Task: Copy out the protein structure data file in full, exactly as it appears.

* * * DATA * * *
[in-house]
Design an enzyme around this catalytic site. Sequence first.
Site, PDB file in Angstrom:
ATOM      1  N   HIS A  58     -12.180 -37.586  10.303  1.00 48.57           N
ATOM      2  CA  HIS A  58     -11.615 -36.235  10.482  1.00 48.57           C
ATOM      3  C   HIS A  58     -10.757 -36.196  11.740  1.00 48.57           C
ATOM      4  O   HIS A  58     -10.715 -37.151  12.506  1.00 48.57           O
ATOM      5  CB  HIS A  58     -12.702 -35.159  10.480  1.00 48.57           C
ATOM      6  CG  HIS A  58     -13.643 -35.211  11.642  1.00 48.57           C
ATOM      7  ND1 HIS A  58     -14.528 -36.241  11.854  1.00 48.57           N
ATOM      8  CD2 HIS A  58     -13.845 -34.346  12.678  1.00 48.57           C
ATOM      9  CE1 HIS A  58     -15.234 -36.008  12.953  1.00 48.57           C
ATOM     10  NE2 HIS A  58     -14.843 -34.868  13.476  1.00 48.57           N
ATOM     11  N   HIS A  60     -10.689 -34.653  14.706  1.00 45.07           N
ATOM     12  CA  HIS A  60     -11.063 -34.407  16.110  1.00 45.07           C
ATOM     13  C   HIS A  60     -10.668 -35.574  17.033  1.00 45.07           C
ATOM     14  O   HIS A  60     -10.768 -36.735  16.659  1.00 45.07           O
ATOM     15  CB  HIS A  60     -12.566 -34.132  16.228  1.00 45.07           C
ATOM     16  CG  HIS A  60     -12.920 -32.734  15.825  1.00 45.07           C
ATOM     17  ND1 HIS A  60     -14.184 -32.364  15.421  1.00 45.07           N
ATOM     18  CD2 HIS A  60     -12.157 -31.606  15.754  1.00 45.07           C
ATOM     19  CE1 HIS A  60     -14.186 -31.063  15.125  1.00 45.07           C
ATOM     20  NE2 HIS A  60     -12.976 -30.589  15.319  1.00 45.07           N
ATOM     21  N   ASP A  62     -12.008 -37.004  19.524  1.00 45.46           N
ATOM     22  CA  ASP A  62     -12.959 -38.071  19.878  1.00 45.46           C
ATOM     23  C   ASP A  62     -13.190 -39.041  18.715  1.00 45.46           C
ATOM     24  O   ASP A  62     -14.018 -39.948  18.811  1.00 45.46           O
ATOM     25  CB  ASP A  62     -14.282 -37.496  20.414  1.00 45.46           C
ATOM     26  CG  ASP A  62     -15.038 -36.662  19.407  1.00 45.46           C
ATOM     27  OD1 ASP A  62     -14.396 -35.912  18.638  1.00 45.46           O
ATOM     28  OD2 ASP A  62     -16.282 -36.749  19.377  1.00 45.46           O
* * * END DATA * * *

[in-house]
Design an enzyme around this catalytic site. Sequence first.
Site, PDB file in Angstrom:
ATOM      1  N   HIS A  58     -12.180 -37.586  10.303  1.00 48.57           N
ATOM      2  CA  HIS A  58     -11.615 -36.235  10.482  1.00 48.57           C
ATOM      3  C   HIS A  58     -10.757 -36.196  11.740  1.00 48.57           C
ATOM      4  O   HIS A  58     -10.715 -37.151  12.506  1.00 48.57           O
ATOM      5  CB  HIS A  58     -12.702 -35.159  10.480  1.00 48.57           C
ATOM      6  CG  HIS A  58     -13.643 -35.211  11.642  1.00 48.57           C
ATOM      7  ND1 HIS A  58     -14.528 -36.241  11.854  1.00 48.57           N
ATOM      8  CD2 HIS A  58     -13.845 -34.346  12.678  1.00 48.57           C
ATOM      9  CE1 HIS A  58     -15.234 -36.008  12.953  1.00 48.57           C
ATOM     10  NE2 HIS A  58     -14.843 -34.868  13.476  1.00 48.57           N
ATOM     11  N   HIS A  60     -10.689 -34.653  14.706  1.00 45.07           N
ATOM     12  CA  HIS A  60     -11.063 -34.407  16.110  1.00 45.07           C
ATOM     13  C   HIS A  60     -10.668 -35.574  17.033  1.00 45.07           C
ATOM     14  O   HIS A  60     -10.768 -36.735  16.659  1.00 45.07           O
ATOM     15  CB  HIS A  60     -12.566 -34.132  16.228  1.00 45.07           C
ATOM     16  CG  HIS A  60     -12.920 -32.734  15.825  1.00 45.07           C
ATOM     17  ND1 HIS A  60     -14.184 -32.364  15.421  1.00 45.07           N
ATOM     18  CD2 HIS A  60     -12.157 -31.606  15.754  1.00 45.07           C
ATOM     19  CE1 HIS A  60     -14.186 -31.063  15.125  1.00 45.07           C
ATOM     20  NE2 HIS A  60     -12.976 -30.589  15.319  1.00 45.07           N
ATOM     21  N   ASP A  62     -12.008 -37.004  19.524  1.00 45.46           N
ATOM     22  CA  ASP A  62     -12.959 -38.071  19.878  1.00 45.46           C
ATOM     23  C   ASP A  62     -13.190 -39.041  18.715  1.00 45.46           C
ATOM     24  O   ASP A  62     -14.018 -39.948  18.811  1.00 45.46           O
ATOM     25  CB  ASP A  62     -14.282 -37.496  20.414  1.00 45.46           C
ATOM     26  CG  ASP A  62     -15.038 -36.662  19.407  1.00 45.46           C
ATOM     27  OD1 ASP A  62     -14.396 -35.912  18.638  1.00 45.46           O
ATOM     28  OD2 ASP A  62     -16.282 -36.749  19.377  1.00 45.46           O